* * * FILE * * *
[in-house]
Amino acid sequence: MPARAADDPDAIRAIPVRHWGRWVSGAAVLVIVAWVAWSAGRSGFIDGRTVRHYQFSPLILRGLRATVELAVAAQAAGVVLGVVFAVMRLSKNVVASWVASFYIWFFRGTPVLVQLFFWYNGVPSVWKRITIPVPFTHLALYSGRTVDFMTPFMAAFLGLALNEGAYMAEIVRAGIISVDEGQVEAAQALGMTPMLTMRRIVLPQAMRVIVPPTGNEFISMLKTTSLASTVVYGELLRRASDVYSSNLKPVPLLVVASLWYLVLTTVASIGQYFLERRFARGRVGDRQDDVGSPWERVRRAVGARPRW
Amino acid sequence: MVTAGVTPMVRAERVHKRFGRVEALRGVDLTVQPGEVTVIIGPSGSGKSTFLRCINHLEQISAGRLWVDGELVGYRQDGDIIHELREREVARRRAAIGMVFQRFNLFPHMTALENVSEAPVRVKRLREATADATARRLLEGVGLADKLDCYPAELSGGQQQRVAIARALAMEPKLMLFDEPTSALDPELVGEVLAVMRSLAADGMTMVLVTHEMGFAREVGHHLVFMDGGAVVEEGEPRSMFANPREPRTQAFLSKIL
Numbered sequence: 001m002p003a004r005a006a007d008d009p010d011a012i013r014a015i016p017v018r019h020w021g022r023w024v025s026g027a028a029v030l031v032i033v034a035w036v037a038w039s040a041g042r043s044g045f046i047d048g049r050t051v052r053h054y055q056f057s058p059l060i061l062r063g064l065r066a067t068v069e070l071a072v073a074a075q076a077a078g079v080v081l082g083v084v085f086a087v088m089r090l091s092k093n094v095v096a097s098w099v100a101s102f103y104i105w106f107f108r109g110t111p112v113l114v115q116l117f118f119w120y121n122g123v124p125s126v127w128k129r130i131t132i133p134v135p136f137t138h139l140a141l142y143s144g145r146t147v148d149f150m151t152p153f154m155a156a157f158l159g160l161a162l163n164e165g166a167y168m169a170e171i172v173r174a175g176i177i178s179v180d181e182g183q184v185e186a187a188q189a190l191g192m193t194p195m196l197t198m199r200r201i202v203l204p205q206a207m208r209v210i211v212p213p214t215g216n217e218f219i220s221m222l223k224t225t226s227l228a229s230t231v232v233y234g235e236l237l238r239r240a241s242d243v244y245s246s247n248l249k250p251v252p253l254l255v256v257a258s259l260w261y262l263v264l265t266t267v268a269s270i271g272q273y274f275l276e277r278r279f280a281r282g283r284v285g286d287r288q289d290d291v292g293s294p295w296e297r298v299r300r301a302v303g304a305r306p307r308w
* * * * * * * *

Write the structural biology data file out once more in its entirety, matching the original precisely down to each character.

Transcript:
[in-house]
Amino acid sequence: MPARAADDPDAIRAIPVRHWGRWVSGAAVLVIVAWVAWSAGRSGFIDGRTVRHYQFSPLILRGLRATVELAVAAQAAGVVLGVVFAVMRLSKNVVASWVASFYIWFFRGTPVLVQLFFWYNGVPSVWKRITIPVPFTHLALYSGRTVDFMTPFMAAFLGLALNEGAYMAEIVRAGIISVDEGQVEAAQALGMTPMLTMRRIVLPQAMRVIVPPTGNEFISMLKTTSLASTVVYGELLRRASDVYSSNLKPVPLLVVASLWYLVLTTVASIGQYFLERRFARGRVGDRQDDVGSPWERVRRAVGARPRW
Amino acid sequence: MVTAGVTPMVRAERVHKRFGRVEALRGVDLTVQPGEVTVIIGPSGSGKSTFLRCINHLEQISAGRLWVDGELVGYRQDGDIIHELREREVARRRAAIGMVFQRFNLFPHMTALENVSEAPVRVKRLREATADATARRLLEGVGLADKLDCYPAELSGGQQQRVAIARALAMEPKLMLFDEPTSALDPELVGEVLAVMRSLAADGMTMVLVTHEMGFAREVGHHLVFMDGGAVVEEGEPRSMFANPREPRTQAFLSKIL
Numbered sequence: 001m002p003a004r005a006a007d008d009p010d011a012i013r014a015i016p017v018r019h020w021g022r023w024v025s026g027a028a029v030l031v032i033v034a035w036v037a038w039s040a041g042r043s044g045f046i047d048g049r050t051v052r053h054y055q056f057s058p059l060i061l062r063g064l065r066a067t068v069e070l071a072v073a074a075q076a077a078g079v080v081l082g083v084v085f086a087v088m089r090l091s092k093n094v095v096a097s098w099v100a101s102f103y104i105w106f107f108r109g110t111p112v113l114v115q116l117f118f119w120y121n122g123v124p125s126v127w128k129r130i131t132i133p134v135p136f137t138h139l140a141l142y143s144g145r146t147v148d149f150m151t152p153f154m155a156a157f158l159g160l161a162l163n164e165g166a167y168m169a170e171i172v173r174a175g176i177i178s179v180d181e182g183q184v185e186a187a188q189a190l191g192m193t194p195m196l197t198m199r200r201i202v203l204p205q206a207m208r209v210i211v212p213p214t215g216n217e218f219i220s221m222l223k224t225t226s227l228a229s230t231v232v233y234g235e236l237l238r239r240a241s242d243v244y245s246s247n248l249k250p251v252p253l254l255v256v257a258s259l260w261y262l263v264l265t266t267v268a269s270i271g272q273y274f275l276e277r278r279f280a281r282g283r284v285g286d287r288q289d290d291v292g293s294p295w296e297r298v299r300r301a302v303g304a305r306p307r308w